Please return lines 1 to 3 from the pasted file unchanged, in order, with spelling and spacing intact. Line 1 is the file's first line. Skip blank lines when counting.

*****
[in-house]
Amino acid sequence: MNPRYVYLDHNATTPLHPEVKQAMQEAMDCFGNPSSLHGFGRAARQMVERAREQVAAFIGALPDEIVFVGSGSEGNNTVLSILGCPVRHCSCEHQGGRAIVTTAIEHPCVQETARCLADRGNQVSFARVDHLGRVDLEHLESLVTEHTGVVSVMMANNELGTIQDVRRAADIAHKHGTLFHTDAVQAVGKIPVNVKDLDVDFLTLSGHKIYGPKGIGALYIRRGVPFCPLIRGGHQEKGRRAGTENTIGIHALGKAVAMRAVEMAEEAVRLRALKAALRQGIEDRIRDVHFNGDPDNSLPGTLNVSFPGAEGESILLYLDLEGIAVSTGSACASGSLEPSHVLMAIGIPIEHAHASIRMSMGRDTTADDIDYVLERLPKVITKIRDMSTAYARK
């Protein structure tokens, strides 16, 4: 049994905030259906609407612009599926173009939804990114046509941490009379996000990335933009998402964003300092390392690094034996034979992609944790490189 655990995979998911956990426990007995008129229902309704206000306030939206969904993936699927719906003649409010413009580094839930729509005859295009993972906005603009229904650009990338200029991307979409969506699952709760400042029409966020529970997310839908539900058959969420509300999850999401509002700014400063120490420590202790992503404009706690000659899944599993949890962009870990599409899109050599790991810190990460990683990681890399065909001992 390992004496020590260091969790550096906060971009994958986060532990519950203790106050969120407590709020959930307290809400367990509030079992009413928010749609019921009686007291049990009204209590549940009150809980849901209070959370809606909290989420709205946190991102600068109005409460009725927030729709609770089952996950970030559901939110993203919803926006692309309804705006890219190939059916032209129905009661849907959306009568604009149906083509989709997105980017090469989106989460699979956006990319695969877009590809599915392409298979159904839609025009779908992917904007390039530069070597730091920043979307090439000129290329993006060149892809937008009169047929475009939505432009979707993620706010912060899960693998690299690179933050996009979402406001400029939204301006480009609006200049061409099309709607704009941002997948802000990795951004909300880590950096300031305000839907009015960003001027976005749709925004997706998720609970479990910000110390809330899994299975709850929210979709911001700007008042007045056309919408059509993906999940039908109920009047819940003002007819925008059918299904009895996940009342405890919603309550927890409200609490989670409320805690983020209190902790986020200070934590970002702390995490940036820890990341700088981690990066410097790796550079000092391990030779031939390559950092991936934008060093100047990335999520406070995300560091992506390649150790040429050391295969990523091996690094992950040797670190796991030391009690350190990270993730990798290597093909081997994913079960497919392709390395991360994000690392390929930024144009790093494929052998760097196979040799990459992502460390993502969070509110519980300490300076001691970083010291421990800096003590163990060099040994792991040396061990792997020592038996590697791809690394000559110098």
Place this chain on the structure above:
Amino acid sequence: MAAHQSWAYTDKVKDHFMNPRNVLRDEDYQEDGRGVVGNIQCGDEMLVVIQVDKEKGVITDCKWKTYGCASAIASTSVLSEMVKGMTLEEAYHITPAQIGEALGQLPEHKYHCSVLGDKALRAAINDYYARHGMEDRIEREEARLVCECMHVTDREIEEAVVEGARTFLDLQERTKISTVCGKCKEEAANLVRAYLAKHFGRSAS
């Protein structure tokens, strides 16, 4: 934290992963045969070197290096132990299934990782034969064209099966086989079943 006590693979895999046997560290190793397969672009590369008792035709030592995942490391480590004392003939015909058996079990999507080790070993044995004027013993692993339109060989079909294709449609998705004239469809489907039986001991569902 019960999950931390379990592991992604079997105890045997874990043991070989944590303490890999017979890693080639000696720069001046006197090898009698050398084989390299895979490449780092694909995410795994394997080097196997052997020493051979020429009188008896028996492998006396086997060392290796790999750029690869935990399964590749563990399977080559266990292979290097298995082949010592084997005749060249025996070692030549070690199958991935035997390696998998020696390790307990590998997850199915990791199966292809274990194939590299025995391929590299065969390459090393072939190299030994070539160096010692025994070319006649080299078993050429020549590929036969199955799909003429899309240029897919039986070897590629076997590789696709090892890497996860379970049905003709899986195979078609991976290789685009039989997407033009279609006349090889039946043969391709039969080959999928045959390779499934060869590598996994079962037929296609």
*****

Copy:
[in-house]
Amino acid sequence: MNPRYVYLDHNATTPLHPEVKQAMQEAMDCFGNPSSLHGFGRAARQMVERAREQVAAFIGALPDEIVFVGSGSEGNNTVLSILGCPVRHCSCEHQGGRAIVTTAIEHPCVQETARCLADRGNQVSFARVDHLGRVDLEHLESLVTEHTGVVSVMMANNELGTIQDVRRAADIAHKHGTLFHTDAVQAVGKIPVNVKDLDVDFLTLSGHKIYGPKGIGALYIRRGVPFCPLIRGGHQEKGRRAGTENTIGIHALGKAVAMRAVEMAEEAVRLRALKAALRQGIEDRIRDVHFNGDPDNSLPGTLNVSFPGAEGESILLYLDLEGIAVSTGSACASGSLEPSHVLMAIGIPIEHAHASIRMSMGRDTTADDIDYVLERLPKVITKIRDMSTAYARK
């Protein structure tokens, strides 16, 4: 049994905030259906609407612009599926173009939804990114046509941490009379996000990335933009998402964003300092390392690094034996034979992609944790490189 655990995979998911956990426990007995008129229902309704206000306030939206969904993936699927719906003649409010413009580094839930729509005859295009993972906005603009229904650009990338200029991307979409969506699952709760400042029409966020529970997310839908539900058959969420509300999850999401509002700014400063120490420590202790992503404009706690000659899944599993949890962009870990599409899109050599790991810190990460990683990681890399065909001992 390992004496020590260091969790550096906060971009994958986060532990519950203790106050969120407590709020959930307290809400367990509030079992009413928010749609019921009686007291049990009204209590549940009150809980849901209070959370809606909290989420709205946190991102600068109005409460009725927030729709609770089952996950970030559901939110993203919803926006692309309804705006890219190939059916032209129905009661849907959306009568604009149906083509989709997105980017090469989106989460699979956006990319695969877009590809599915392409298979159904839609025009779908992917904007390039530069070597730091920043979307090439000129290329993006060149892809937008009169047929475009939505432009979707993620706010912060899960693998690299690179933050996009979402406001400029939204301006480009609006200049061409099309709607704009941002997948802000990795951004909300880590950096300031305000839907009015960003001027976005749709925004997706998720609970479990910000110390809330899994299975709850929210979709911001700007008042007045056309919408059509993906999940039908109920009047819940003002007819925008059918299904009895996940009342405890919603309550927890409200609490989670409320805690983020209190902790986020200070934590970002702390995490940036820890990341700088981690990066410097790796550079000092391990030779031939390559950092991936934008060093100047990335999520406070995300560091992506390649150790040429050391295969990523091996690094992950040797670190796991030391009690350190990270993730990798290597093909081997994913079960497919392709390395991360994000690392390929930024144009790093494929052998760097196979040799990459992502460390993502969070509110519980300490300076001691970083010291421990800096003590163990060099040994792991040396061990792997020592038996590697791809690394000559110098």